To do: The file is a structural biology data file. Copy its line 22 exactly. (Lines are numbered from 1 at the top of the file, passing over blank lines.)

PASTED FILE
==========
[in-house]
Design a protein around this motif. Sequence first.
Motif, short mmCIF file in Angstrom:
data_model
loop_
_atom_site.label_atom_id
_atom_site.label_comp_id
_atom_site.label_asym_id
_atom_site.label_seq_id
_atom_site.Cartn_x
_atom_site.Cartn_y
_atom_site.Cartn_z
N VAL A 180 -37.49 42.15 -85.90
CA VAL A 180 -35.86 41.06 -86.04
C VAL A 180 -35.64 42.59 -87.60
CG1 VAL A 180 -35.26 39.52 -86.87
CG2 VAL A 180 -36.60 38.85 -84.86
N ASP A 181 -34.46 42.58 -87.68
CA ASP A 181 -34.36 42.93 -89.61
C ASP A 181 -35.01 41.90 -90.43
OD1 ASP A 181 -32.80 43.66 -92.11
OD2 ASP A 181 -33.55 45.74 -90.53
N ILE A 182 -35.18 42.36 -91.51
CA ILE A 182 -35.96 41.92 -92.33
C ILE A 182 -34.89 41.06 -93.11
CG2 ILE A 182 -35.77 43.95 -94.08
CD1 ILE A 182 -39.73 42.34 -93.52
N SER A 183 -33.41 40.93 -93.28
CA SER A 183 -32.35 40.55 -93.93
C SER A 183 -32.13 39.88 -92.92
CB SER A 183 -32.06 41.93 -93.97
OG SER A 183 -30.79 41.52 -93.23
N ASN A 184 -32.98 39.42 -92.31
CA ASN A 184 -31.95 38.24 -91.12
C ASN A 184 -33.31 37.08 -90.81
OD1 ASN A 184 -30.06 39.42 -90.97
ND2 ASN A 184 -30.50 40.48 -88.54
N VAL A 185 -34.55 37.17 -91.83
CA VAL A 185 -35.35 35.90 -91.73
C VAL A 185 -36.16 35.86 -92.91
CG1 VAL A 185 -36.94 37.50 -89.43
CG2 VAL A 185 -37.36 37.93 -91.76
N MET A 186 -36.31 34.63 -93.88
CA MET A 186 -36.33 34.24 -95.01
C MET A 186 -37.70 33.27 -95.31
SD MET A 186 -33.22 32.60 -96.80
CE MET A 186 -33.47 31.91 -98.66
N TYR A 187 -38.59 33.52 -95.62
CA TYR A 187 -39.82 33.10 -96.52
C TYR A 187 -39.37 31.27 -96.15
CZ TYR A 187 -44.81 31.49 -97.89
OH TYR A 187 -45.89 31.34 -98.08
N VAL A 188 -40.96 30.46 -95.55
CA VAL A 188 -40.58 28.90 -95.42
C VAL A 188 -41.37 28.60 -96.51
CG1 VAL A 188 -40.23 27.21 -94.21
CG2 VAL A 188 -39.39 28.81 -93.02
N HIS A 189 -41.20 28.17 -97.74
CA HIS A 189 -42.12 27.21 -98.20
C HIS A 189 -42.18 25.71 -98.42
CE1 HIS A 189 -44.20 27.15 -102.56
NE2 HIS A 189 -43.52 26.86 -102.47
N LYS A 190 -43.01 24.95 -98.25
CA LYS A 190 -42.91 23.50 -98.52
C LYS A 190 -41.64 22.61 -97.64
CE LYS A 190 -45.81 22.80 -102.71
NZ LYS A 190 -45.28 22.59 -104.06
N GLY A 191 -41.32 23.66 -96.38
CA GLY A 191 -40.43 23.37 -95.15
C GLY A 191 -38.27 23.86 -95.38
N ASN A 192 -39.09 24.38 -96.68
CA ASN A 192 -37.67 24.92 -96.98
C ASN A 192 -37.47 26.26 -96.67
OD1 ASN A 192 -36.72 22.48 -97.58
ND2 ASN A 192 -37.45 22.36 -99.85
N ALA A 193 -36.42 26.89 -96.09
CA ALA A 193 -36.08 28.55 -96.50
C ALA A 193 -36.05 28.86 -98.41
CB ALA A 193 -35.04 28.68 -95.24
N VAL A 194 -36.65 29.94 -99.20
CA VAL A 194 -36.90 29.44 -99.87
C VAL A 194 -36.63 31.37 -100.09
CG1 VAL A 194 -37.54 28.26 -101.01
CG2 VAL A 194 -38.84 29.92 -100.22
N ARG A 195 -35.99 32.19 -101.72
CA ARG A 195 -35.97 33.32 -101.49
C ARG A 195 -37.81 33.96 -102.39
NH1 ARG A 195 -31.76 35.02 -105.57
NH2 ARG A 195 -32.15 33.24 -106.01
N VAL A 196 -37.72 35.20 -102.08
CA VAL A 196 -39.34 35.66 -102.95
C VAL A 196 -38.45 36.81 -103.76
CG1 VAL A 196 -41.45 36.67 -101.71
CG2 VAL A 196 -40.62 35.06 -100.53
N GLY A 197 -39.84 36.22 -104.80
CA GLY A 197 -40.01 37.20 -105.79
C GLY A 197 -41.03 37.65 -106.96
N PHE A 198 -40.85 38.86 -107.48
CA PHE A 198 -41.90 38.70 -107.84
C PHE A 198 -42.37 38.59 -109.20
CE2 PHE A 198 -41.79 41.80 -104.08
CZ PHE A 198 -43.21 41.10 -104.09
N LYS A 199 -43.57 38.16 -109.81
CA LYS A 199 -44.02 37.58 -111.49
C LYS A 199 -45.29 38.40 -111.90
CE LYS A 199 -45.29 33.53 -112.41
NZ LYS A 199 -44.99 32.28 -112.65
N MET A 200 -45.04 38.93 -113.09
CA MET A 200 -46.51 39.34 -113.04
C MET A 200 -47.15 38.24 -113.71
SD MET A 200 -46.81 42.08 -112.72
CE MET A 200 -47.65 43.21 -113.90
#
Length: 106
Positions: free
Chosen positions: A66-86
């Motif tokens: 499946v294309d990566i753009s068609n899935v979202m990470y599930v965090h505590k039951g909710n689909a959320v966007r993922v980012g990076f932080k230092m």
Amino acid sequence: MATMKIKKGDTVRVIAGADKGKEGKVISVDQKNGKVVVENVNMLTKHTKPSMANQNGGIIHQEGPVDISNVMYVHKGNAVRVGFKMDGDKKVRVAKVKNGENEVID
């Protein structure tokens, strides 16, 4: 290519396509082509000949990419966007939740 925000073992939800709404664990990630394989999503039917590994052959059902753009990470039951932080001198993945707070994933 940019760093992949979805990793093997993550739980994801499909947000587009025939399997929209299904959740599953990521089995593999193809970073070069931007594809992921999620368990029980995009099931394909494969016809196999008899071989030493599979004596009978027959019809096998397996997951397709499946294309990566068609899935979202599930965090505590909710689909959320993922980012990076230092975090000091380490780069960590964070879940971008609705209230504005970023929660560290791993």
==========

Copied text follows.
OD2 ASP A 181 -33.55 45.74 -90.53